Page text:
H Lab (Humaneer Lab.) under the direction of Prof. Jun Dong Cho, firstname.lastname@example.org) studies the wearable sensor applications that are expected to create a major impact in global healthcare. Despite the emergence of smart wearable products, there is shortage of effective and systematic human-centered smart care design technology. Our human ICT convergence research Lab., called H-Lab. in SKKU uniquely aims to interdisciplinary convergence technology collaborating with information and computing, Healthcare technology, and Cognitive design technology. With these in mind, our students called Humaneer (a portmanteau of humanity and engineer) studies innovative technologies with destructive creativity. Research topics include: Wearable /Healthcare Devices with Activity-driven Cognition.
- Human Centered Design Methodology
- Human Computer Wearable Interaction UI/UX
- Playful Gamification for Smart Care
“Humaneer who loves Human for Smart Care”
Wearable/Healthcare Devices requires embodied Cognition with converging design humaneering, playful interaction, and embodied cognitive hyper-context awareness. Human ICT Convergence Lab., called H-Lab. in SKKU are a collaborating with 5-H which is embodied in human. The 5-H's are Hands for giving and sharing, Heads for thinking and managing, Health for healthy living, and Heart for relating and caring, and finally Happiness for managing all of these 4H. Therefore, Institute of Human ICT Convergence cultivates Humaneer (Human +Engineer) products that creates new value of the emotion-cognitive UI/UX for smart care by understanding smart life culture, emotional design, and marketing ability based on the human-centered ICT (mobile, network, human friendly intellectualization) and collaborative rendezvous with humanities. Recently, Korean government is promoting convergence of industry to open Neo-Renaissance era like iPhones have changed the dynamics of global market. Our institute has been built based on the government program Human Resource Cultivation for Creative Convergence of Industry in 2013, funded with 3.5 billion KRW for five years.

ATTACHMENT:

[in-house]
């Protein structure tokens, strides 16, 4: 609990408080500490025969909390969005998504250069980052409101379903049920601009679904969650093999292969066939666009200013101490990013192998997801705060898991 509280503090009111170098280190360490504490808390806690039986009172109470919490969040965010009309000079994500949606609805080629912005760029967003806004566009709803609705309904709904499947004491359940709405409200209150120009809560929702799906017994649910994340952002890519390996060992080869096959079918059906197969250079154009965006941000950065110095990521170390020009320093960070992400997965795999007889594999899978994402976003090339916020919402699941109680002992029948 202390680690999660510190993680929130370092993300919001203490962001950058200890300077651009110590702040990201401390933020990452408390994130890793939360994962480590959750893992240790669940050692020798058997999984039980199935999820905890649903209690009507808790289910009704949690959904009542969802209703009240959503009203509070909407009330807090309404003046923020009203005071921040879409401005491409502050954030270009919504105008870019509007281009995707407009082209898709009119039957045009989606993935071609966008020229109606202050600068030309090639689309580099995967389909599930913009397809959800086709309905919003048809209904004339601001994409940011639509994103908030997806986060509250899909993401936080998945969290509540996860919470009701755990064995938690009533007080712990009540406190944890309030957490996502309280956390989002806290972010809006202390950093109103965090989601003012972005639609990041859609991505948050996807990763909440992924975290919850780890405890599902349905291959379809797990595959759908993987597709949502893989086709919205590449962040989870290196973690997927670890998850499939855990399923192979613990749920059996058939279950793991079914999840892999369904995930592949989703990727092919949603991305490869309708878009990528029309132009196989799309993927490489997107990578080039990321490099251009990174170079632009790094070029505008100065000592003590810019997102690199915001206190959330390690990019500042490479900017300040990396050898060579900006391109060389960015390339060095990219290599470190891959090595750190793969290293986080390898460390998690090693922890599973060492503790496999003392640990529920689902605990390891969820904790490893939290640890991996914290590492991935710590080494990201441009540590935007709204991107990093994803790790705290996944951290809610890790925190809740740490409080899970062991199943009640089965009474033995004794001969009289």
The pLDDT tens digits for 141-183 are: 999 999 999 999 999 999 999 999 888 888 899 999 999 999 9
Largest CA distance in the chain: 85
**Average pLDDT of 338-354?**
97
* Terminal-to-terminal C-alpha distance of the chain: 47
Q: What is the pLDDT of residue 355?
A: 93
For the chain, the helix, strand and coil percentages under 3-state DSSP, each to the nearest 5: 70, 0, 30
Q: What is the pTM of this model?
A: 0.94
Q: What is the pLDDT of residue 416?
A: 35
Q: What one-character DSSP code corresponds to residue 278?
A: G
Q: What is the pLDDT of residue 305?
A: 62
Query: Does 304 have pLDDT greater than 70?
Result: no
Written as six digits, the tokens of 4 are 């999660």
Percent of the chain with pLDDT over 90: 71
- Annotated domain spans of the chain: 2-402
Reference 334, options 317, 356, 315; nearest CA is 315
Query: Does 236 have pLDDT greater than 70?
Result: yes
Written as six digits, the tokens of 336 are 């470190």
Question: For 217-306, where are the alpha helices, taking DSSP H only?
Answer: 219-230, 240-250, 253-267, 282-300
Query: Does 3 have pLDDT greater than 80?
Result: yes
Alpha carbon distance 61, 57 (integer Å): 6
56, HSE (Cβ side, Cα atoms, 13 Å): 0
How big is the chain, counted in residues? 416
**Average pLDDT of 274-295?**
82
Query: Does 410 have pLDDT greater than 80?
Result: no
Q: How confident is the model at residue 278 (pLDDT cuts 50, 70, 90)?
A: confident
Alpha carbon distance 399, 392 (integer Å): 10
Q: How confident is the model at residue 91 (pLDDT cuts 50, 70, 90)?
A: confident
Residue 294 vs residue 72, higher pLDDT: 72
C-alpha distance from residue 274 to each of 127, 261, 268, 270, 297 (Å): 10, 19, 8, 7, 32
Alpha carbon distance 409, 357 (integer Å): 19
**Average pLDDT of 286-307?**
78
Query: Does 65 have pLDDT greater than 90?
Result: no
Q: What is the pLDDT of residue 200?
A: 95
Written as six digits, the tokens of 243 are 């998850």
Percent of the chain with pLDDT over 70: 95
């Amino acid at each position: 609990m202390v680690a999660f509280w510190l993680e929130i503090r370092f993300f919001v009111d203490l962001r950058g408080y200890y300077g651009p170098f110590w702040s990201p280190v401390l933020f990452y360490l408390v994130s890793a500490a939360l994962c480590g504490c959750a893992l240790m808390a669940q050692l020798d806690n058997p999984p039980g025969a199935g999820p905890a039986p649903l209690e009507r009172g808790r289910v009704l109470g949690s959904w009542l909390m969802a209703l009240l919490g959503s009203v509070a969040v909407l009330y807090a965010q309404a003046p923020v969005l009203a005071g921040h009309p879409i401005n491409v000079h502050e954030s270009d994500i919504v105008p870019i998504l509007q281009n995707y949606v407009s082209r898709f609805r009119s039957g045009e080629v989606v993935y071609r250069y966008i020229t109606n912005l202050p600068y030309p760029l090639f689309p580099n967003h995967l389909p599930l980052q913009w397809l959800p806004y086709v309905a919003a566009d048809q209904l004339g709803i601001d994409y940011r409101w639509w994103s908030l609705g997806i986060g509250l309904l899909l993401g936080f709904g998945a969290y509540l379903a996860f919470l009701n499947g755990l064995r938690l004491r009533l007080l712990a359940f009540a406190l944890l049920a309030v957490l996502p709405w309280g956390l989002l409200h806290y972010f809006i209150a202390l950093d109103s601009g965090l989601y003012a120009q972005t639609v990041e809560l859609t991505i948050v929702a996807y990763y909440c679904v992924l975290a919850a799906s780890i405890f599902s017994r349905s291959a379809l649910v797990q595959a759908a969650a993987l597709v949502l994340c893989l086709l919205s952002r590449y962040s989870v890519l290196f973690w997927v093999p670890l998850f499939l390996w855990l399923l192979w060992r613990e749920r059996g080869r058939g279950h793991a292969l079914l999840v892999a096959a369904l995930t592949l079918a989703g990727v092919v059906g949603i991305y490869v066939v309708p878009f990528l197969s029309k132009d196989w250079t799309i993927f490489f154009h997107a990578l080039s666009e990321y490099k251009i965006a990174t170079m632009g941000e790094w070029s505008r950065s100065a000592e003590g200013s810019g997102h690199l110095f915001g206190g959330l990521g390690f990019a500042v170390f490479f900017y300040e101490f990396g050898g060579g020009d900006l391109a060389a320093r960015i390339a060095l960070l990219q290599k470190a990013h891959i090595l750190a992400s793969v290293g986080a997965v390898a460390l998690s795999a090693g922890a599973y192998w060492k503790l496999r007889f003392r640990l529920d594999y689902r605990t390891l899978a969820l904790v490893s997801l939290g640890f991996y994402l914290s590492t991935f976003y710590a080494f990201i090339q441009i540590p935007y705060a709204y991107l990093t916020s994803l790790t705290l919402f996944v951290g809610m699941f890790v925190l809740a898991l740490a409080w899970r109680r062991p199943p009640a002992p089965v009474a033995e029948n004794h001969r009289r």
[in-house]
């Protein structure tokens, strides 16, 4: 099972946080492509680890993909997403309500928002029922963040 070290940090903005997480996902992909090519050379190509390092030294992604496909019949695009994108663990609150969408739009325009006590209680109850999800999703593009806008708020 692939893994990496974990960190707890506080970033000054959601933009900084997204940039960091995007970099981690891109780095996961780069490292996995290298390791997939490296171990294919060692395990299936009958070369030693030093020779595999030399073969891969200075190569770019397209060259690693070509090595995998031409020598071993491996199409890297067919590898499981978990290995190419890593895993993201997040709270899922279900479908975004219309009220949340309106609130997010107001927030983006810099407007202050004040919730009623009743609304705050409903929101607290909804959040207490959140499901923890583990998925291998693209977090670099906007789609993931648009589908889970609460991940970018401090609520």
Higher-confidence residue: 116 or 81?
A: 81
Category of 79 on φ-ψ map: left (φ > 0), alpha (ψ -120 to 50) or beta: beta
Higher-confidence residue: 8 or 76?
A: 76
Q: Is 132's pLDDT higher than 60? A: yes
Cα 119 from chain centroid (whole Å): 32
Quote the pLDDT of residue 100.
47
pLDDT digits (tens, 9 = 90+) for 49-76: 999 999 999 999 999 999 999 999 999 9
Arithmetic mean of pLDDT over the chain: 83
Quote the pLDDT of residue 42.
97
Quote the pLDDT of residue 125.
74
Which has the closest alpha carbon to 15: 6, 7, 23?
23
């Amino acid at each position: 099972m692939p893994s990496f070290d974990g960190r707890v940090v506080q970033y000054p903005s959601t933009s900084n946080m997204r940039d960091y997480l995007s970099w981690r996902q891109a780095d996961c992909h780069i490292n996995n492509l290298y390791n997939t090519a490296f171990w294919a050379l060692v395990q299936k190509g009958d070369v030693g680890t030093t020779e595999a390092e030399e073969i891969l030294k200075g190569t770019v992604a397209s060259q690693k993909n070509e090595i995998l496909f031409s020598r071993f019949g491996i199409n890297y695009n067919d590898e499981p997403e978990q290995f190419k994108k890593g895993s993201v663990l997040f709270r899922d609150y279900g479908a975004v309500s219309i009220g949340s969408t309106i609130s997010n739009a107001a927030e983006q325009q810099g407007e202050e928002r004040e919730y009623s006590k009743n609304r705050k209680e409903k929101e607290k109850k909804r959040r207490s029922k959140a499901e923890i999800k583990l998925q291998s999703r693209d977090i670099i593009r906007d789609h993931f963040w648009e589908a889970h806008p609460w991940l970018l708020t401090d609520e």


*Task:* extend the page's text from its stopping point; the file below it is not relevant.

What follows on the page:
The most prominent forms of wearables are smart bands, watches, glasses, jewelry, clothing and various types of headgear. The three main subcategories shared by these form factors were: Lifestyle, Entertainment: Health & Fitness. Wearable internet of things technology with tiny sensors, including accelerometers, gyroscopes, force transducers, and visual and sound recorders worn on the body and in clothing, will become essential components for the delivery of health care and health maintenance. Sensors created by micro- and nanotechnologies will simplify communications with health providers seamlessly over Internet and WIFI transmission via phones and other convenient devices. Internet of things technology and services spent $4.8 trillion in 2012, and we expect the market to be $8.9 trillion in 2020. Emotion ICT is expected to be the main ICT industry in the post smart era with a compound annual growth rate of 7.9 percent. The research on internet of things with emotional cognition require fusion of multidisciplinary research such as IT (information and computer) + BT (enhancement of medical science and physical ability) + CT (cognitive science + Intellectual capacity) + DT(enhancement of design and emotional ability) + MT (Enhancement of analysis capability of market characteristics). To pursue these collaborative works, SKKU Human ICT Convergence program has been buit on well-organized interdisciplinary research infrastructure with research members from both natural and humanity science campus such as department of electrical and computer engineering, art design, interaction science, psychology, philosophy, Samsung convergence medical science, and systems management engineering. These members with different background will promote synergic effects in the course of interchanging their knowledge and experience.
Our aim is to promote research, development, and rapid evaluation of systems that monitor aspects of mental and physical health, inform clinical decisions, and deliver therapies in real-time with minimal intrusion and cost. To date, HICT collaborations with other universities, federal and state government entities, and industry have aimed for the most effective smart-care applications of home-based and mobile technologies. Academic and industry groups can leverage the organization of the HICT to quickly test mobile health ideas and products in real-world settings. We encourage industrial partner to collaborate with us.